These family-friendly and youth-friendly clinics will provide first, second, third, fourth and children’s COVID-19 doses to eligible residents age five and up on a walk-in basis, with no appointment or health card required. Pfizer and Moderna vaccines will be offered by TPH nurses, who will also answer COVID-19 and vaccine-related questions.

Residents can continue to get vaccinated at city-run immunization clinics, primary care offices and more than 525 pharmacies. A full list of clinic locations and hours is available on the City’s COVID-19: Where to Get Vaccinated webpage.

As of Monday, July 4, the city-run immunization clinic at Metro Hall will operate Monday to Friday noon to 6 p.m. and Saturday and Sunday 10 a.m. to 4 p.m. Residents can find a pharmacy offering COVID-19 vaccination by using the Government of Ontario’s COVID-19 pharmacy vaccine locations webpage.

All eligible residents are encouraged to get their third and fourth dose as soon as possible. As with vaccines for other diseases, people are protected best when they stay up to date. COVID-19 vaccines have been scientifically proven to lower the risk of illness, hospitalization and death while protecting oneself, loved ones and the community, and residents with three doses had the lowest rates of hospitalization, ICU and death over any other level of vaccination.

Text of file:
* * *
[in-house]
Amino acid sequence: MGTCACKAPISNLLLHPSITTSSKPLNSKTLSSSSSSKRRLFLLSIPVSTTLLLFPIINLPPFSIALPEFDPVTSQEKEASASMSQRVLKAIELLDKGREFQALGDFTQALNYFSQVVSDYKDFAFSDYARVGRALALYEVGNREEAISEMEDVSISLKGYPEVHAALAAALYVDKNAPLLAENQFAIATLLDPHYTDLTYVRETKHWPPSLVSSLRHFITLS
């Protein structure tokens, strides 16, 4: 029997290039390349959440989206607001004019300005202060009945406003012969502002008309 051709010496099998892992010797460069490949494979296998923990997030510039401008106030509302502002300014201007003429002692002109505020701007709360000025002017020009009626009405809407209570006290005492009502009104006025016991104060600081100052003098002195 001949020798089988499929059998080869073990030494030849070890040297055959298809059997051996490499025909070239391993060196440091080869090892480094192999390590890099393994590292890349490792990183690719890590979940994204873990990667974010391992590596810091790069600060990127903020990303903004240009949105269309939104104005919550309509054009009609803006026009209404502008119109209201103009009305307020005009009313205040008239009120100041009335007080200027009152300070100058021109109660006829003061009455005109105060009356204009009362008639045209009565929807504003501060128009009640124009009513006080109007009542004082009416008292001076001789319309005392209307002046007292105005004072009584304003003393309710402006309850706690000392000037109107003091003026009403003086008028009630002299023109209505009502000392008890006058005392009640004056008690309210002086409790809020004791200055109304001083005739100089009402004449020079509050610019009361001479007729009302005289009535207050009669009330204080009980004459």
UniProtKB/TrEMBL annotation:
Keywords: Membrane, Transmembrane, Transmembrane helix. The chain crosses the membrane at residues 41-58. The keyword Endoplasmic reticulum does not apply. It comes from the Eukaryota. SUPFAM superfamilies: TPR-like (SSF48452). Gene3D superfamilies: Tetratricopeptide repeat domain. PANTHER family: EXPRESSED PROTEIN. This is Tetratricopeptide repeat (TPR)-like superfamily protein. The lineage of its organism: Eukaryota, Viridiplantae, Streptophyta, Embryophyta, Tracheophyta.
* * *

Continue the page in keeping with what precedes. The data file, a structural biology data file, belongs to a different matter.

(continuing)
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Style File: Smart sunscreens – Montreal Gazette



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Sunscreen is always a good idea.

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Skin cancers are the most common forms of cancer in Canada, according to Statistics Canada. And severe sunburns are noted as “an important risk factor for melanoma and non-melanoma skin cancers,” according to the agency.

With this in mind, it’s important to slather, smooth, spray — or whatever your chosen format of sun protection may be — this summer.

Here are four smart sunscreen options to consider adding to your daily sun-protection plan:

Tint time

From the French brand La Roche-Posay, this “ultralight” sunscreen formula features a universal tint to match most skin tones. See you later, face makeup. The Anthelios Mineral Tinted Ultra Fluid boasts a sun protection factor (that’s the SPF) of 50, thanks to 100 per cent mineral filters. Suitable for sensitive skin, the broad-spectrum sunscreen — it blocks both UVA and UVB rays, is sweat resistant and water resistant for up to 40 minutes.